Others have pointed this out, also, but Gatto goes beyond to uncover some of the reasons for dumbed-down education. He attacks the Bell Curve mentality that attributes learning ability to genetic inheritance. The result of bell curve thinking has been a caste-type approach to education that allots minimal literacy to the lower classes and full literacy only to those at the top who need to run the show.
Bell Curve thinking needed some sort of generic evidence to support itself. Phrenology, a scientific rage at the turn of the century, was the brainchild of a German physician named Francois Joseph Gall, in working with the insane, became convinced he had located the physical site of personality traits like love, benevolence, acquisitiveness, and many more so precisely he could provide a map of their positions inside the skull! These faculties signaled their presence, said Gall, by making bumps on the visible exterior of the cranium! Phrenology then became a scientific way of predetermining social policy, including forms and content of education, for individuals.
Once assumptions are accepted that certain people have limited mental potential, then schools lowered their expectations. Methodology followed. Sight reading was introduced as a way to sidestep the dull and tedious methods in favor of quick word memorization so that children could jump right into See Spot run! The fact that sight reading retards the growth of decoding ability and vocabulary, limiting lifetime literacy, seemed either irrelevant or too good a purpose to those making such decisions for all school children.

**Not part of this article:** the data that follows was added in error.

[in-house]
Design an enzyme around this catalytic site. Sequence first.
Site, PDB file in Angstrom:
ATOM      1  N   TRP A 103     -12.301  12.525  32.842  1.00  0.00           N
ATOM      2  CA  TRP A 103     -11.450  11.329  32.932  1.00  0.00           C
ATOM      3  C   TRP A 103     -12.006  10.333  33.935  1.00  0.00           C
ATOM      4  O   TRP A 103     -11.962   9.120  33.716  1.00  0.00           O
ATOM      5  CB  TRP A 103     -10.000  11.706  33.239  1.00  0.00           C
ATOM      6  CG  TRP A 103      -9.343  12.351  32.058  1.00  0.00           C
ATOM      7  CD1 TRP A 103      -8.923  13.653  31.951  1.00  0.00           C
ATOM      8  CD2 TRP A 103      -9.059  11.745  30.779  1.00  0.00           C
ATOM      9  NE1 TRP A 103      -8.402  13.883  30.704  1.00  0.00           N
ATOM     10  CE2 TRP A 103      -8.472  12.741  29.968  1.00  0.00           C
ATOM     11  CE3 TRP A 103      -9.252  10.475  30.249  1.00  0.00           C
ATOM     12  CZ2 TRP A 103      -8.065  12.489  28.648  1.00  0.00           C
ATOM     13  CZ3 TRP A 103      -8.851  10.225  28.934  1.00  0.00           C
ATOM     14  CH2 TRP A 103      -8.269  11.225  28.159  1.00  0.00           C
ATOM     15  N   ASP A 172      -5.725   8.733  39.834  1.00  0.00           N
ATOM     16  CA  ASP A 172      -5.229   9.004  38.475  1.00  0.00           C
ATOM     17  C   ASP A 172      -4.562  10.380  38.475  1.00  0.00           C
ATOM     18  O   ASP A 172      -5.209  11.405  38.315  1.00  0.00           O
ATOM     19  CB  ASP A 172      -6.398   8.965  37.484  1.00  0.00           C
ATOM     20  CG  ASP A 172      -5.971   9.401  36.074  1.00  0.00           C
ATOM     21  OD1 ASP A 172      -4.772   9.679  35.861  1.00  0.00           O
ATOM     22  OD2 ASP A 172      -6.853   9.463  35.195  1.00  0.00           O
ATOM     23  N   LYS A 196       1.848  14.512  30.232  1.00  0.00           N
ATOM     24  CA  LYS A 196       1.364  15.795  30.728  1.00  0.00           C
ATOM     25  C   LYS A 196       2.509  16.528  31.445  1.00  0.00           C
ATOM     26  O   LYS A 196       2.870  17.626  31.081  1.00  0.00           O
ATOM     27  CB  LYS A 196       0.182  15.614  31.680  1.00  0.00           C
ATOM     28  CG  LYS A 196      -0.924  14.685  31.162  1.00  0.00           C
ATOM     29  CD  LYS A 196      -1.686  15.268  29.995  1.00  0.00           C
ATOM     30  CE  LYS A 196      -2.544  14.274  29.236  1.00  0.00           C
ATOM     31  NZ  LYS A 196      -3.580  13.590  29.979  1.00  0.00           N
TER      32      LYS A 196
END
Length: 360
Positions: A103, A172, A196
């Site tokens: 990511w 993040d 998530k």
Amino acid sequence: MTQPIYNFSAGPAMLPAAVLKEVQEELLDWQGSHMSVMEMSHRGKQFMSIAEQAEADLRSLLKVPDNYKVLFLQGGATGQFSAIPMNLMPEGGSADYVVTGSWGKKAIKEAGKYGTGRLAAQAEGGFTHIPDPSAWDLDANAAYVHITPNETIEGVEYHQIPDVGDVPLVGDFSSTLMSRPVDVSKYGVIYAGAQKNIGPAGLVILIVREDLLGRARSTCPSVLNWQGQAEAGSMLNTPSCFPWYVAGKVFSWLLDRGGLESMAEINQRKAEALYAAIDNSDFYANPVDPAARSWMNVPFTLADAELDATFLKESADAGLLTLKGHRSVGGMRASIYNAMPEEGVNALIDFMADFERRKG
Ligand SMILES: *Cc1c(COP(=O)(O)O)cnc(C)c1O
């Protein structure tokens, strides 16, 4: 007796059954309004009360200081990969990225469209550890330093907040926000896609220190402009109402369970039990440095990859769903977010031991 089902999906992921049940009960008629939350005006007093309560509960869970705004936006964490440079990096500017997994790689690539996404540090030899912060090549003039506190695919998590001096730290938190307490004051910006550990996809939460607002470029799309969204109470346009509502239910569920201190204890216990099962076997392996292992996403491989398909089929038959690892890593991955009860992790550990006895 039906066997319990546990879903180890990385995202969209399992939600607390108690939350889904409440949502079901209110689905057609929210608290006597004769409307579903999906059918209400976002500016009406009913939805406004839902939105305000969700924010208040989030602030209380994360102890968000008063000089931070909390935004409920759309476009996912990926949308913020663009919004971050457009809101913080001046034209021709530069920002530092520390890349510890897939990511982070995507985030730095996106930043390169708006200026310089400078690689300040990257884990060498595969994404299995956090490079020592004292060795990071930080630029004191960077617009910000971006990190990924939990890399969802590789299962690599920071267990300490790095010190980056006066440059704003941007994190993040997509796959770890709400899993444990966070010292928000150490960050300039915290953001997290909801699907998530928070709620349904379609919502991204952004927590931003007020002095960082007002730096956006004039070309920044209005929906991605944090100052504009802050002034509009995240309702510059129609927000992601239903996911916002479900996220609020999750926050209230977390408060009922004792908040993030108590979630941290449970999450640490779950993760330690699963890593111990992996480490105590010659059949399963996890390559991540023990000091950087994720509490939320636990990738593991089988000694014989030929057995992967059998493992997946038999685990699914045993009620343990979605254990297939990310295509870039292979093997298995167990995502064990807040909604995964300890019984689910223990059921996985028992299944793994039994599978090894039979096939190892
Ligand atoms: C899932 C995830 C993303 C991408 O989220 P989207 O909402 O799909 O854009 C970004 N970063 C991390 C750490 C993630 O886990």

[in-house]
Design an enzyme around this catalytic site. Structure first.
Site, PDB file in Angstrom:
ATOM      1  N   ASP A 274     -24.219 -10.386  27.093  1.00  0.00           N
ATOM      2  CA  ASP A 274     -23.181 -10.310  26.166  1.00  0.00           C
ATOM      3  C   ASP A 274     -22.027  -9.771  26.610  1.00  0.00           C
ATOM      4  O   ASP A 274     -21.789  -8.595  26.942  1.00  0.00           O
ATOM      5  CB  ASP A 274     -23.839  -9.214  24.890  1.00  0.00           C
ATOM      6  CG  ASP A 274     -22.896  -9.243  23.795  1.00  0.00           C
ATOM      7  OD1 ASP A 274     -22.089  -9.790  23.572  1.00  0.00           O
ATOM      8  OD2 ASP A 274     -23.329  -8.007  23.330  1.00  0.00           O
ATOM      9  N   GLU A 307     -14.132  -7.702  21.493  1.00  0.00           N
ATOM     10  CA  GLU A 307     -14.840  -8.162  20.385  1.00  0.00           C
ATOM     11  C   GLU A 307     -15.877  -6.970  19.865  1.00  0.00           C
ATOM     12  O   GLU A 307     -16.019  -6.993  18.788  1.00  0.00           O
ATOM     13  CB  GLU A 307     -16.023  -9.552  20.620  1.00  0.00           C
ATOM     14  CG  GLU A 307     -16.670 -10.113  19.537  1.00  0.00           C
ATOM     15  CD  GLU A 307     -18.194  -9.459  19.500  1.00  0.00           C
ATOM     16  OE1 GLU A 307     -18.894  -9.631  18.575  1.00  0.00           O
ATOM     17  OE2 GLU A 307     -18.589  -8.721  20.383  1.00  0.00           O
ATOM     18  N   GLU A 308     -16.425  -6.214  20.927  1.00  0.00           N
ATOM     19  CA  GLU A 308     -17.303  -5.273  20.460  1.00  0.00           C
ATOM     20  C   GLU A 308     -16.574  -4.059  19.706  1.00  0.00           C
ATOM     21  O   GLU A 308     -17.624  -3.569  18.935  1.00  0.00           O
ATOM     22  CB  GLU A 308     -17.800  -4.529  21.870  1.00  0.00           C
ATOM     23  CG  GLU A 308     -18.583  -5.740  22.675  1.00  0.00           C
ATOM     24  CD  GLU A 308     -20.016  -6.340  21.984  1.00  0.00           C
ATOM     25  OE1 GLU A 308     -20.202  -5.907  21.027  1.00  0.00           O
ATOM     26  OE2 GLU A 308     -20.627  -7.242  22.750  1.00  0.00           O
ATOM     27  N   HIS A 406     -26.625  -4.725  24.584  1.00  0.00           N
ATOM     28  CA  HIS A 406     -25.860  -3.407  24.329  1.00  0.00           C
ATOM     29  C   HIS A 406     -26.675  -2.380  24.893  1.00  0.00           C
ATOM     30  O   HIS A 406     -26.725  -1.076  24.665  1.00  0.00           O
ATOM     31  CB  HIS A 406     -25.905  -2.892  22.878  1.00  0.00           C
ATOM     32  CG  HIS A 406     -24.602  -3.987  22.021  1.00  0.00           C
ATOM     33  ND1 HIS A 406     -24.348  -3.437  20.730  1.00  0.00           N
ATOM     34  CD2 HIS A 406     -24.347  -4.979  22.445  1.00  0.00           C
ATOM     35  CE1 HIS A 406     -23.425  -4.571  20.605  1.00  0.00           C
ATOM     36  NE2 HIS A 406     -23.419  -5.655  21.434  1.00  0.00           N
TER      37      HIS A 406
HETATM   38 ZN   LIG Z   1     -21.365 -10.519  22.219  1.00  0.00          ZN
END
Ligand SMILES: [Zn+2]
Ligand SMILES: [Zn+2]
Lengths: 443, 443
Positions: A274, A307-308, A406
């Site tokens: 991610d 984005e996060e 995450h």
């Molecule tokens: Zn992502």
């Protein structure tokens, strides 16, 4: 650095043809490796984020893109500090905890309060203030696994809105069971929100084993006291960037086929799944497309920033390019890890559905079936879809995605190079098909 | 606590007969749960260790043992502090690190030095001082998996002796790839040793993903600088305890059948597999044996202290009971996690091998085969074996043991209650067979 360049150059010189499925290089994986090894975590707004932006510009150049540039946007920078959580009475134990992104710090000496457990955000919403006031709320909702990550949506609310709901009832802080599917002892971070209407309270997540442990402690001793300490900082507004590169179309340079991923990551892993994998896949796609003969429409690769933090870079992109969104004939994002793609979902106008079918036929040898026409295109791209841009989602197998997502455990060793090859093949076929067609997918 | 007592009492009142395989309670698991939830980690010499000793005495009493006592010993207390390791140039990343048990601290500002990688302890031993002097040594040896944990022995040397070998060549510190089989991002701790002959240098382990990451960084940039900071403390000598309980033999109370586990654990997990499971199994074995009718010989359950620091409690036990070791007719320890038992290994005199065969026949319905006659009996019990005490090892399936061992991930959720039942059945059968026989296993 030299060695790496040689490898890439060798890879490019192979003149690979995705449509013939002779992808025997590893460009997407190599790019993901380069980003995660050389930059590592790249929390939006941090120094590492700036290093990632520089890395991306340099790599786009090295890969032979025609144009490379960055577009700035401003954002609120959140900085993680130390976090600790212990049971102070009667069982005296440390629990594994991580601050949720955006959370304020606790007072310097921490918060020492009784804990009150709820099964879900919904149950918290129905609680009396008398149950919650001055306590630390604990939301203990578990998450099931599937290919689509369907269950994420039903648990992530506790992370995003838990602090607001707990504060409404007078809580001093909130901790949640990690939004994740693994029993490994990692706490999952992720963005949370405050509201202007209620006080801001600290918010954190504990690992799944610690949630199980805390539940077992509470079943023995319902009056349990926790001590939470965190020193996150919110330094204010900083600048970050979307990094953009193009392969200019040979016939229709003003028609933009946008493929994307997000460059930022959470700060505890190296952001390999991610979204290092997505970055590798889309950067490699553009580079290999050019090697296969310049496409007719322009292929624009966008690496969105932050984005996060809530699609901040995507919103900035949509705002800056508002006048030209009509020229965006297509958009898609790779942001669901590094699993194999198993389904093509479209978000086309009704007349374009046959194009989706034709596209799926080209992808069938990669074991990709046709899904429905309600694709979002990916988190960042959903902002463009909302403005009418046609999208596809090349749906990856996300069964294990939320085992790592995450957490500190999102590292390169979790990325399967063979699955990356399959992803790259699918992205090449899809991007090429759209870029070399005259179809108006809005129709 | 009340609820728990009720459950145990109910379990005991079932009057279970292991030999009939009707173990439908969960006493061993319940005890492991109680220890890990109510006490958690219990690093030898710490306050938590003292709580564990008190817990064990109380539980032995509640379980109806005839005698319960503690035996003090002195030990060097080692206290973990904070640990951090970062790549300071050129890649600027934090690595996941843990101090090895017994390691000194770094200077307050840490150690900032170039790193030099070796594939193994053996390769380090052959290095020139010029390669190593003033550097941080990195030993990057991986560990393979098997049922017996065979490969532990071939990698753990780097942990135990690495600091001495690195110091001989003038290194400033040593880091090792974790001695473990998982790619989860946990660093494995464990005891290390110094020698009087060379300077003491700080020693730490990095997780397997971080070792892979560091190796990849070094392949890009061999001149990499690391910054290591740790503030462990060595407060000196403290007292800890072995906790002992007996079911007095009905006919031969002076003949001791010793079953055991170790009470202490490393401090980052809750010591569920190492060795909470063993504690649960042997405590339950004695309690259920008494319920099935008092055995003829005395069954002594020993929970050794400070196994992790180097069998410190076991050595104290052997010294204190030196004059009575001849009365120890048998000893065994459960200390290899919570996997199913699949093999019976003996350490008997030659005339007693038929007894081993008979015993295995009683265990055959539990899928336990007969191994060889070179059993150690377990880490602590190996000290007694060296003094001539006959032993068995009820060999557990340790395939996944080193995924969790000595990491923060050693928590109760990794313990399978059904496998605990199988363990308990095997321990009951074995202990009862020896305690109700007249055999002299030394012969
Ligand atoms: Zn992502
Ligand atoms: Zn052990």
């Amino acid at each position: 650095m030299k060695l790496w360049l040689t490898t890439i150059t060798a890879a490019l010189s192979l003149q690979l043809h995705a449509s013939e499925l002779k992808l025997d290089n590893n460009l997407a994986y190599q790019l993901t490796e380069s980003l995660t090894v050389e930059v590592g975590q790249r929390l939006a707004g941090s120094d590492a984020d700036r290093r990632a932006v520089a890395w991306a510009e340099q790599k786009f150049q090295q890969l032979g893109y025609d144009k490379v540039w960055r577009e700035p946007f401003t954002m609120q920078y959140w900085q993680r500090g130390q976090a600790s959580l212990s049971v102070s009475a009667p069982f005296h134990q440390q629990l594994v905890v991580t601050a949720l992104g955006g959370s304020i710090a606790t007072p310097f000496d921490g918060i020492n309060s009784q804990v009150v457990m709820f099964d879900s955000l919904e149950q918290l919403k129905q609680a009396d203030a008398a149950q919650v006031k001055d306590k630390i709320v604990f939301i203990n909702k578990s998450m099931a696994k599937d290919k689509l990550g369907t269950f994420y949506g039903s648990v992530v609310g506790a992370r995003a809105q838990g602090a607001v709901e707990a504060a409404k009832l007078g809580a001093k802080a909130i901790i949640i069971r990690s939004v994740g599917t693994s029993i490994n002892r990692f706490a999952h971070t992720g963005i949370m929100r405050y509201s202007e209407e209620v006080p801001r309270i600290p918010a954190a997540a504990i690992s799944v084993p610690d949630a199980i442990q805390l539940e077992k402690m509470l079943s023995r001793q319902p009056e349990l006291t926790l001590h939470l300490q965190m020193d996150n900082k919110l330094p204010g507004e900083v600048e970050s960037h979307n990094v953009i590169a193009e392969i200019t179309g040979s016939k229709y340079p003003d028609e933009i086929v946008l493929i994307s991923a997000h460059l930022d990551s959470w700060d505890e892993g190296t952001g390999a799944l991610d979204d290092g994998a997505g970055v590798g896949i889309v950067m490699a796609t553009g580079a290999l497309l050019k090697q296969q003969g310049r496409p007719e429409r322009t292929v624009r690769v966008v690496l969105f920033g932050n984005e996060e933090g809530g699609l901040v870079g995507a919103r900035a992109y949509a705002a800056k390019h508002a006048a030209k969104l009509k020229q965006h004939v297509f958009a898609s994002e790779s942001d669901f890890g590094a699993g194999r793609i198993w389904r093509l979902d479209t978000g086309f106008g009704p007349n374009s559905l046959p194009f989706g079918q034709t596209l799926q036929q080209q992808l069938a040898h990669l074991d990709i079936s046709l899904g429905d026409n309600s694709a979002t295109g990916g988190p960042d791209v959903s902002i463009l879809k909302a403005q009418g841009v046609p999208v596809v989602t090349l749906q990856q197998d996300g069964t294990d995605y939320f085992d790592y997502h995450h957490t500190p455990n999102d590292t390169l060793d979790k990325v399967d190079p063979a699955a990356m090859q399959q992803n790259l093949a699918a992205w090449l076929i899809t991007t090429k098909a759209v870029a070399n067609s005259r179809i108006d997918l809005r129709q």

Some of the elitists who designed American schooling believed that people are truly empty, just waiting to be filled with the proper data for their role in society. Such thinking is revealed in comments such as that of the University of Wisconsins Edward Ross who, in 1906, described people as little plastic lumps of human dough.
The view of people as pliable lumps of dough doesnt account for all those who seem to have been written off by the system as wasted material within some of our inner city schools. Gatto relates his early school-teaching experiences beginning with his first day as a substitute at what he called a perfectly horrible place that had been nicknamed the death school. Assigned to teach a typing class at this Harlem junior high, he was issued work orders for the day: Students must not type! Under no circumstances are they allowed to type without the regular teacher present.... They break the machines. The inanity of trying to teach 75 kids typing without allowing them to type probably colored Gatto's entire teaching career. (Of course, he let the kids use the typewriters that day. He reports, All the machines survived unscathed.)